There are two reasons this works and you have identified the first one. Namely, the fact that a Pauli operator anywhere in a Clifford circuit is equivalent to a Pauli operator immediately preceding a terminal measurement.
The second reason is the simple predictable effect that a Pauli operator immediately preceding a computational basis measurement has on ...
You are using rz in your code, while the identity you are asking about uses $R_y$
Here is a qiskit code to check the identity:
from qiskit import QuantumCircuit
from qiskit.quantum_info.operators import Operator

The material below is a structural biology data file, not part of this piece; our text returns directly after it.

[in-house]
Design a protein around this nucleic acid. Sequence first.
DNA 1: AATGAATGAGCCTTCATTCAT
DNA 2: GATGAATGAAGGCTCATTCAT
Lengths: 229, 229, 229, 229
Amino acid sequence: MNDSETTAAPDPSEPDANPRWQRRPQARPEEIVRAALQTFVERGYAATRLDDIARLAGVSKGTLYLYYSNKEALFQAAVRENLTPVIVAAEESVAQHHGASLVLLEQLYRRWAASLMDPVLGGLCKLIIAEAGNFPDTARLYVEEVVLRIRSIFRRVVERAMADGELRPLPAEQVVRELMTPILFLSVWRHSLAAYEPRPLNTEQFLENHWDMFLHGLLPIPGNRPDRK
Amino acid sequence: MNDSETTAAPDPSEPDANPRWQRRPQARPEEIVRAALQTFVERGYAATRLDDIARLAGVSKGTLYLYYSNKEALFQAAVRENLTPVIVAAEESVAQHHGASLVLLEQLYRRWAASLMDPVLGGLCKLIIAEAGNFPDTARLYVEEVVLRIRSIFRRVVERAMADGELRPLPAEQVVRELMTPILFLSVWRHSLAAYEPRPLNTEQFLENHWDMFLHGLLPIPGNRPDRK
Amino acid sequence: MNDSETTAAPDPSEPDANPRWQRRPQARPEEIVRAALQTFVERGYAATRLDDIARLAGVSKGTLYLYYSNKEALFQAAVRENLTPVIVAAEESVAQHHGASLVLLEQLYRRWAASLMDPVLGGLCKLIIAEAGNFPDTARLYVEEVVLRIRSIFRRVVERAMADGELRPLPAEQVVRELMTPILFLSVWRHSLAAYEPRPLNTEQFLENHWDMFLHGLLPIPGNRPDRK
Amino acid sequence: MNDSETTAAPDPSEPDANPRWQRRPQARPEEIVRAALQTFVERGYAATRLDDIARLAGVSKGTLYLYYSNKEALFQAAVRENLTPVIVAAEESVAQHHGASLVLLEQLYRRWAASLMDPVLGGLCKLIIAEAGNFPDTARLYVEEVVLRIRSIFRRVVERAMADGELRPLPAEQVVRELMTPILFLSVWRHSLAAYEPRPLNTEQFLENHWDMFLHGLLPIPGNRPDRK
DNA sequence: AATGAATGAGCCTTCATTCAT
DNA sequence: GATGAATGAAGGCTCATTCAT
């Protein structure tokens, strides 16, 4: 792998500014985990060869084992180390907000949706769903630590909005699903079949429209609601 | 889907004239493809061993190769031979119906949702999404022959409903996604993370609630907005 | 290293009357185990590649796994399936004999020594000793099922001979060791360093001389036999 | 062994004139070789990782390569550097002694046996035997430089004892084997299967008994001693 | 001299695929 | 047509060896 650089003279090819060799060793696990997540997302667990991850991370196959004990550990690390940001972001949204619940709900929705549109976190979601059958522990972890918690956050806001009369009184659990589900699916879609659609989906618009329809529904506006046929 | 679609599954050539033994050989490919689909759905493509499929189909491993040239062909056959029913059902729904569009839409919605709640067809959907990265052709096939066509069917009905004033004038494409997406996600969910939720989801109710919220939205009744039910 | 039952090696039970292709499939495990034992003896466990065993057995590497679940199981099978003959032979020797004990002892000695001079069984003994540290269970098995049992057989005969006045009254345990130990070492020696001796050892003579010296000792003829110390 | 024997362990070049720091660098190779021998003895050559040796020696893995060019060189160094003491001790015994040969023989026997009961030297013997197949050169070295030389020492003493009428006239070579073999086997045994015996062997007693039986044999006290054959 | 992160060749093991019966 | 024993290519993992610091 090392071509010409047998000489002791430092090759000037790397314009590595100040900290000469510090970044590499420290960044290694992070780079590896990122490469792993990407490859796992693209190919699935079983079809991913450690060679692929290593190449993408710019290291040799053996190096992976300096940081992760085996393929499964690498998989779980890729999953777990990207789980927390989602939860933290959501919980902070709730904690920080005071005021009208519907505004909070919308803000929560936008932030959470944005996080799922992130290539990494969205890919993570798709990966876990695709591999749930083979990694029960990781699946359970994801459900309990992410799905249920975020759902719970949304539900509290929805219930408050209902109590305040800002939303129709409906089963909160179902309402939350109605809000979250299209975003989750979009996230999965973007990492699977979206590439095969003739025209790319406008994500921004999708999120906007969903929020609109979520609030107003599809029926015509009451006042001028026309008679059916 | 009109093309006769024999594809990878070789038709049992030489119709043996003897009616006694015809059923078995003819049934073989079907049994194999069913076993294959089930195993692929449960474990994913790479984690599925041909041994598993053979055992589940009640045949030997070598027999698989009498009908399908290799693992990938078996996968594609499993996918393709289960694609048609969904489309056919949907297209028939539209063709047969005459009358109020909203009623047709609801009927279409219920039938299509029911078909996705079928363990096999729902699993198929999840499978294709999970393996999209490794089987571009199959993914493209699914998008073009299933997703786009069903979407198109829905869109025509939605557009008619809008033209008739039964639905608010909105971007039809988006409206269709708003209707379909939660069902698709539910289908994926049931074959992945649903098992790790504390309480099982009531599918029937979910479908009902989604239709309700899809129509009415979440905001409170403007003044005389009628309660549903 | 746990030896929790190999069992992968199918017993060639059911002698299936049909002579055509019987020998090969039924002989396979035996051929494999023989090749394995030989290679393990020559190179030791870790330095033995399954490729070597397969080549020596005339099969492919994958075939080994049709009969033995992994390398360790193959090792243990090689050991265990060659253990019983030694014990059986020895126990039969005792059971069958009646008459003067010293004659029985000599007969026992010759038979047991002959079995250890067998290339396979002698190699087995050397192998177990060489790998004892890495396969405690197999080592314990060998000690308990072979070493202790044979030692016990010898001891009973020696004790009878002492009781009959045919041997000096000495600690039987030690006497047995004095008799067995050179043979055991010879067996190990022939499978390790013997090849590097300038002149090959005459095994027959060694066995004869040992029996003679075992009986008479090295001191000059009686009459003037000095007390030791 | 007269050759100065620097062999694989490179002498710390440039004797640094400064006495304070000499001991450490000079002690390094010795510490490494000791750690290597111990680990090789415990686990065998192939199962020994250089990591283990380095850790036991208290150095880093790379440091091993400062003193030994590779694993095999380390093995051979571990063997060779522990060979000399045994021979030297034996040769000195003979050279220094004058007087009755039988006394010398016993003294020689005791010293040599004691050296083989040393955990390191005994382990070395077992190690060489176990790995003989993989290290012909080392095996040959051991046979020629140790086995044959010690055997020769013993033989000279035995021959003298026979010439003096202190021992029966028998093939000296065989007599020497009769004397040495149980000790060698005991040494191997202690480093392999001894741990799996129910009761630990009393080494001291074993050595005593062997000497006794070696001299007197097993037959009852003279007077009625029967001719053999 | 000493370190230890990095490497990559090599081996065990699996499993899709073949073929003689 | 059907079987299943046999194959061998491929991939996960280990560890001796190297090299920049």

from qiskit.visualization import array_to_latex
import numpy as np
circ = QuantumCircuit(1)
circ.ry(-np.pi / 2, 0)
circ.ry(np.pi / 2, 0)
Summary: There is a solution for expressing a tridiagonal matrix of the form you've provided for arbitrary $n$ in terms of Pauli operators using recursion. This procedure is given at the bottom of this answer.
Expressing a tridiagonal matrix recursively
Writing an $n$-qubit tridiagonal matrix in terms of Pauli operators can be done recursively. Ignoring the ...